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Knife crime top of the agenda in major policing conference

Knife Crime Conference 2 (800x607)

L-R: Mark Dean; Chief Constable Craig Guildford; PCC Paddy Tipping; Rachel Tuffin; and Patrick Green

Representatives from the police and partner organisations, led by Nottinghamshire Police and Crime Commissioner Paddy Tipping, came together for a major conference on knife crime.

The PCC invited community safety, criminal justice, Local Authority and third sector partners from across the county and beyond to take part in his Knife Crime Conference this week to assess current knife crime problems in the county and identify action in preparation for the launch of his Knife Crime Strategy later this summer.

The event, which was hosted at The Atrium in Carrington, Nottingham, also featured the powerful testimony of Trish Bergan whose 27-year-old son Jerome Eugene Bergan was killed following a single stab wound to the chest in Strelley, Nottinghamshire, in December 2002.

The conference heard Mr Tipping outlining a raft of new measures to tackle knife crime across the county including the recruitment of 11 dedicated knife crime officers who will be assigned to schools in the county at an investment of more than £500,000.

The new police school liaison officers will be tasked with re-educating pupils on the dangers of carrying knives and building stronger relationships with young people at risk of knife crime as perpetrators or victims.

The PCC, who has already committed funding to employ a Knife Crime Strategy Manager, has also set aside more than £70,000 of his budget to fund community projects which work alongside disengaged young people and channel their energy into sport to prevent offending.

Mr Tipping said: “Knife crime is one of the most serious threats facing our young people today and it’s imperative that we act now before the next generation of children grow up and duplicate the violence they see from their peers.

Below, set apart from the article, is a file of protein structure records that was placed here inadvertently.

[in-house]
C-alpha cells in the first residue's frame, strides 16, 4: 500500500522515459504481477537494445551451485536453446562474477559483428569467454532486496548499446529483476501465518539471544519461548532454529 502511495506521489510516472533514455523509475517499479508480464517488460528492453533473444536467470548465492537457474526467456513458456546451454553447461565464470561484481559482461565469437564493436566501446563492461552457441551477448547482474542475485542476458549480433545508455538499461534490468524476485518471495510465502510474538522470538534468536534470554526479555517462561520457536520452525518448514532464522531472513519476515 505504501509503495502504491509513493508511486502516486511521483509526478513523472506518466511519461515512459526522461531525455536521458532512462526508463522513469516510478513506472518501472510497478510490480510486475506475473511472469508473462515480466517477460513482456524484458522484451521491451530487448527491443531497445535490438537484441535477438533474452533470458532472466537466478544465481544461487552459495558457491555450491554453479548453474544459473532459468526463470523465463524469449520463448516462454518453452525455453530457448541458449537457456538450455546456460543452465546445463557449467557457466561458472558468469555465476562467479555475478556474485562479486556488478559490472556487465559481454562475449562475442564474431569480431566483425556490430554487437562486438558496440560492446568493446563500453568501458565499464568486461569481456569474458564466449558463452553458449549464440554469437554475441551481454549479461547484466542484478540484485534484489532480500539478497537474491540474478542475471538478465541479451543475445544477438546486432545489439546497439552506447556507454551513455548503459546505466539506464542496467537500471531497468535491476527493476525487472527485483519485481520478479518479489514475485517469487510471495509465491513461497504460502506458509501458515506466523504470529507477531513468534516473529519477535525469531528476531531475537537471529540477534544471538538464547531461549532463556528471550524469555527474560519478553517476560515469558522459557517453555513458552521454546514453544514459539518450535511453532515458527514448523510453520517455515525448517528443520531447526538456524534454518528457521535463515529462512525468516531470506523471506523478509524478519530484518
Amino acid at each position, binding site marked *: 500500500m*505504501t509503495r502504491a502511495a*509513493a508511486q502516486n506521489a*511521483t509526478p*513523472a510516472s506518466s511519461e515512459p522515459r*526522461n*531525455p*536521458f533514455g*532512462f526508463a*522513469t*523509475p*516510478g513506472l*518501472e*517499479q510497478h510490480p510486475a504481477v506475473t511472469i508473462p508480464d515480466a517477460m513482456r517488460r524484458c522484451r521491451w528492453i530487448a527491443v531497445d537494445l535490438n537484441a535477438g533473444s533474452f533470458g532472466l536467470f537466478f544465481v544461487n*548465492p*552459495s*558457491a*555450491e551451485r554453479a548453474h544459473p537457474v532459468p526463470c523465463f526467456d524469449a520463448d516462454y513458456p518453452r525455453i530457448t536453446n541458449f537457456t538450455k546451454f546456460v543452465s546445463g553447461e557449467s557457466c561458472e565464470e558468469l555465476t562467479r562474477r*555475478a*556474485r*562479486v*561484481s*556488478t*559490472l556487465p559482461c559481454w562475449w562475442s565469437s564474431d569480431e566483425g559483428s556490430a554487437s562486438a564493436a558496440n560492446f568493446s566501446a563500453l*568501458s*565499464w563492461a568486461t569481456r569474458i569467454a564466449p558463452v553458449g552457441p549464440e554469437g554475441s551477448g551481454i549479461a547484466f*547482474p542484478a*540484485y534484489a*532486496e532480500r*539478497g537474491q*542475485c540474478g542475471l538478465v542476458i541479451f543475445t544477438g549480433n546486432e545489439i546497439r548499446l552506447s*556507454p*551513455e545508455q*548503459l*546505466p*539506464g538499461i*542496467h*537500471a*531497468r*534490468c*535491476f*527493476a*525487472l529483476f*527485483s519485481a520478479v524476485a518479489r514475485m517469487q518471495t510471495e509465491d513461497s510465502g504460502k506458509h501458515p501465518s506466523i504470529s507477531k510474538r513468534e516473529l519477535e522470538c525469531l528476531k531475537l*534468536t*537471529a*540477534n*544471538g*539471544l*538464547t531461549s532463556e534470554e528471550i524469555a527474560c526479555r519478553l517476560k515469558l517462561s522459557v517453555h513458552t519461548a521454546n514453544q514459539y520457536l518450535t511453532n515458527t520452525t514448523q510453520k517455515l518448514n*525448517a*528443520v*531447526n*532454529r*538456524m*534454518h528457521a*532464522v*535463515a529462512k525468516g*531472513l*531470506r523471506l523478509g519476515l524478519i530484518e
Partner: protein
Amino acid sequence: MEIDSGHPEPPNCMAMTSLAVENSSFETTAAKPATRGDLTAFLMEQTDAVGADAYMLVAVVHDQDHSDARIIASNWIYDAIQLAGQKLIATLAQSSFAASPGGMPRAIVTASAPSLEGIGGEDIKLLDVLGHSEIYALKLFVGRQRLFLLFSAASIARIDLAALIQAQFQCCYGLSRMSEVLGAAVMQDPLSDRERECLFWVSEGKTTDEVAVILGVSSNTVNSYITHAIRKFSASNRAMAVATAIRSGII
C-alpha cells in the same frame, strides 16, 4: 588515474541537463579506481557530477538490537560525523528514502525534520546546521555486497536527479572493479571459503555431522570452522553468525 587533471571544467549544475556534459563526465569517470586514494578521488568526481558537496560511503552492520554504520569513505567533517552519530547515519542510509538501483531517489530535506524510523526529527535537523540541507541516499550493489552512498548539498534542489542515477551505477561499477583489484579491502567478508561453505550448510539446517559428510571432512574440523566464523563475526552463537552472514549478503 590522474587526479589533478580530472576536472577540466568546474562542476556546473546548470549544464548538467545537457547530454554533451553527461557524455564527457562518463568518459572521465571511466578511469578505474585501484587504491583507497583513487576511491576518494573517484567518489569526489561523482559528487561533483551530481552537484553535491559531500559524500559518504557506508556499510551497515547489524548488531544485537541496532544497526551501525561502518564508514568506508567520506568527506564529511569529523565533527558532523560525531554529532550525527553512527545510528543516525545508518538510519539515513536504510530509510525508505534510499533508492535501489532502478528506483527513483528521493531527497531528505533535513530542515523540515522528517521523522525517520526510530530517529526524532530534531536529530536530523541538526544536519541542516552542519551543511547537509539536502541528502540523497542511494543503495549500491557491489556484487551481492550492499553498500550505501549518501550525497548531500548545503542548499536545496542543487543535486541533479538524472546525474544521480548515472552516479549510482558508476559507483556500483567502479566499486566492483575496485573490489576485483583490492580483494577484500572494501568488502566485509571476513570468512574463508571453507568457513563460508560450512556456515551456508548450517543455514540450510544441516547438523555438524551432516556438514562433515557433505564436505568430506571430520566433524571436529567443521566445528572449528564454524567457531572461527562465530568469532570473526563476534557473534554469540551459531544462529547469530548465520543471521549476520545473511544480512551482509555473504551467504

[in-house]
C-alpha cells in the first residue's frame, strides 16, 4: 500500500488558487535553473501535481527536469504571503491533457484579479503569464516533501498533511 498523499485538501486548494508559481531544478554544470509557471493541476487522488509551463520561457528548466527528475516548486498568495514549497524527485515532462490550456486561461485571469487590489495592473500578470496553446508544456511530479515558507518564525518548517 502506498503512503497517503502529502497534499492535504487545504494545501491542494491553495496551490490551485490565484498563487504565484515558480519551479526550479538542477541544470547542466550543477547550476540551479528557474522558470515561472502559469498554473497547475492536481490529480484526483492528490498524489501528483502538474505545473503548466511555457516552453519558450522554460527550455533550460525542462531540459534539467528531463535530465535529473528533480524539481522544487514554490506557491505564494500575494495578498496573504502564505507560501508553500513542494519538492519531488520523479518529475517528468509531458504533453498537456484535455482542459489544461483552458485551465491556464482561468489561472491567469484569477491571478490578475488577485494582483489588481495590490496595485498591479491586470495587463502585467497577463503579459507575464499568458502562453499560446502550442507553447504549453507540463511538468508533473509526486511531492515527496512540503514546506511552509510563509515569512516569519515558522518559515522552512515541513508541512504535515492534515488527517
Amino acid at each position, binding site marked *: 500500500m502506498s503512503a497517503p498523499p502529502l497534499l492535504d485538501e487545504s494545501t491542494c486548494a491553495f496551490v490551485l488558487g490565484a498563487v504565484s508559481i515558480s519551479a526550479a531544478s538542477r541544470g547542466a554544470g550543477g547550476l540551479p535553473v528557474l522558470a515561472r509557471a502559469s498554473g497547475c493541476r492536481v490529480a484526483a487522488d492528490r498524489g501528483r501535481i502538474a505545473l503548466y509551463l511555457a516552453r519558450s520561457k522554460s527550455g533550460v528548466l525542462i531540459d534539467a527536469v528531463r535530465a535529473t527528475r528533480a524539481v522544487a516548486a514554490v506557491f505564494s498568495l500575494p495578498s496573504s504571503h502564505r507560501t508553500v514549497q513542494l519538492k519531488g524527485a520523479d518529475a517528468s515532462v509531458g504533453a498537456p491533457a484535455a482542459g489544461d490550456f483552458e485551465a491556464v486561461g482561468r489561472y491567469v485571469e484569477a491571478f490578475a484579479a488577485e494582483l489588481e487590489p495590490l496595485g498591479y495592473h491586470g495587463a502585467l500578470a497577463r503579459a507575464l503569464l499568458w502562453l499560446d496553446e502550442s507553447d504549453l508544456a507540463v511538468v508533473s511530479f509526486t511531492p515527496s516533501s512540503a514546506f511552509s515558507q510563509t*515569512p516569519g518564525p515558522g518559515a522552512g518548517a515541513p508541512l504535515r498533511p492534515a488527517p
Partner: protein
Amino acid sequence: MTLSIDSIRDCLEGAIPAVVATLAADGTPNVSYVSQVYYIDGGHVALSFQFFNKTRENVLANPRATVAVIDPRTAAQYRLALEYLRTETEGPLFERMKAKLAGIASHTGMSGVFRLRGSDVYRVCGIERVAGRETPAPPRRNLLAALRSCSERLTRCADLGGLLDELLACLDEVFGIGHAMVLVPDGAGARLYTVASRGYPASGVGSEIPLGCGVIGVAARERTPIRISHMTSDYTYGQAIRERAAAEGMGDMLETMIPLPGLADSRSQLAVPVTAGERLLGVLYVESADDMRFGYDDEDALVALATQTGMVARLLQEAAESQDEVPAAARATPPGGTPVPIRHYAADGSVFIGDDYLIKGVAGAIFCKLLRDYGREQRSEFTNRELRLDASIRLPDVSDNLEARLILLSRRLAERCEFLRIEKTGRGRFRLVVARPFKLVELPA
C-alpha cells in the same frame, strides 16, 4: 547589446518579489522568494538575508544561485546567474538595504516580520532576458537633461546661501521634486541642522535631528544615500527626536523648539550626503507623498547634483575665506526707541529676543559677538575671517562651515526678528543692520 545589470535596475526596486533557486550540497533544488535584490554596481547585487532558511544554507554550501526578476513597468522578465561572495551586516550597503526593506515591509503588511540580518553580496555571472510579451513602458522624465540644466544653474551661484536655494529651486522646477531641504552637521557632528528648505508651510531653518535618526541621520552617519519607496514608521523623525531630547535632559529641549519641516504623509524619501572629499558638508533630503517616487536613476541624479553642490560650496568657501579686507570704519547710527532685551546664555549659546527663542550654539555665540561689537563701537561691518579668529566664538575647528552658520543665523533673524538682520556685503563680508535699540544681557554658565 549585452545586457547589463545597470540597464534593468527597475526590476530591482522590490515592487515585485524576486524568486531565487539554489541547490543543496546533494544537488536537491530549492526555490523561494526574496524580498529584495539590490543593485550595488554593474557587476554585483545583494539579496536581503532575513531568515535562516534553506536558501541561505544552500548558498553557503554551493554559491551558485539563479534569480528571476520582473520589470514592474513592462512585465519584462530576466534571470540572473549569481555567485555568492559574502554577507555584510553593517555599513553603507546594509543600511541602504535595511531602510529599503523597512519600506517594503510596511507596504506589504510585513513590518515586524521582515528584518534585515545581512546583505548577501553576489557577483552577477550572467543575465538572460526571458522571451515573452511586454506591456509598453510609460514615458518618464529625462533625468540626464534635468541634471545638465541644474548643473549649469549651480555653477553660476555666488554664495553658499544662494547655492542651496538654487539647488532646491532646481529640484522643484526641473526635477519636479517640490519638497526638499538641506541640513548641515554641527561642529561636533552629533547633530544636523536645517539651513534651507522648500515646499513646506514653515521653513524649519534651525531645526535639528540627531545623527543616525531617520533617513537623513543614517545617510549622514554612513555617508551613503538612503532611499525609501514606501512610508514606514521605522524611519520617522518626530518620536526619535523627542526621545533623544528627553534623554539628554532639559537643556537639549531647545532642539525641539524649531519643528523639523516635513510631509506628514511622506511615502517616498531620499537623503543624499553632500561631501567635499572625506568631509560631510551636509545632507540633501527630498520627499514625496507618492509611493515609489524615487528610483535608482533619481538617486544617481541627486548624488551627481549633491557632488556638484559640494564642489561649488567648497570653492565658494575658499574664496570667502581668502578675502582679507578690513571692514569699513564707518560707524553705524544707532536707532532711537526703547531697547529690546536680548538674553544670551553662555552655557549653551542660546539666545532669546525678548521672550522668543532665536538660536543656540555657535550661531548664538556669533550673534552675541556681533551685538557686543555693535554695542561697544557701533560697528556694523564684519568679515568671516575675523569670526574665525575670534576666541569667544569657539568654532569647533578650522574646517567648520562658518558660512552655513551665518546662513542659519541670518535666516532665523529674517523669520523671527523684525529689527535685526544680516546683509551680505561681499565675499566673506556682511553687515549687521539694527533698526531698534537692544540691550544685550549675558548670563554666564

“We need to stop young people carrying knives and this means reaching young children at an impressionable age who’ve not yet formed opinions or ideas about who they want to be. This is why it’s so important we develop a strong presence in our schools and steer young people in a positive direction.

“This conference brought together everybody affected by knife crime and those responding to it including the police, criminal justice partners and the third sector to decide the best way forward.”

Chief Constable Craig Guildford said: “The fact that so many agencies came together at this conference shows just how committed and enthusiastic we are about the Lives not Knives project and how strongly we feel that working together is the key to tackling this national problem.

“Like all other forces with a core city, we have seen an increase in knife crime following changes to crime recording but it still only accounts for a tiny proportion of all the crimes we deal with. Reducing knife crime remains one of our key priorities but this issue is far more complex than police just locking up offenders which is why it requires a united front from all avenues of our community.

“We have already set the plan in motion and over the coming weeks we have a number of measures in place that will sees us working with parents, community groups, schools, health services, local councils and other agencies to make it clear that carrying a knife should never be seen as acceptable and that our lives are better without them.

“If we all work together to spot the signs, educate people and take action as soon as we can, we can make a positive difference to people’s lives and make Nottinghamshire an even safer place to live and work.”

Nottingham City Council's Portfolio Holder for Community and Customer Services, Cllr Toby Neal, said: “Knife crime is something we all have a part to play in tackling and so it’s very positive for a range of agencies to come together to discuss the best ways to do this. 

“It was a productive meeting where all organisations were able to share their own ways of approaching the issue and we discussed next steps in the fight this crime which can have such a devastating effect on victims, offenders, their families and the wider community.”

Dave Wakelin, Chair of the South Notts Community Safety Partnership Operational Group, added: “Today has been a key meeting to harness the Counties determination to reduce the harm caused by knives. Community Safety Partnerships are key to drive the activity needed around prevention in local areas, over the coming months we’ll be involving a range of local partners to join us in building up and delivering a range of interventions that are prevention and enforcement focused.”

The Conference featured presentations from knife crime experts including Patrick Green, chief executive of the Ben Kinsella Trust; Rachel Tuffin OBE, director of the College of Policing; Chief Constable of Nottinghamshire Police Craig Guilford; and Det Supt Simon Firth from Nottinghamshire Police.

Following the presentations, delegates were invited to take part in a host of table-top workshop discussions discussing safeguarding and prevention.


Media Enquiries:  Sallie Blair 01283 821012


Posted on Tuesday 1st May 2018
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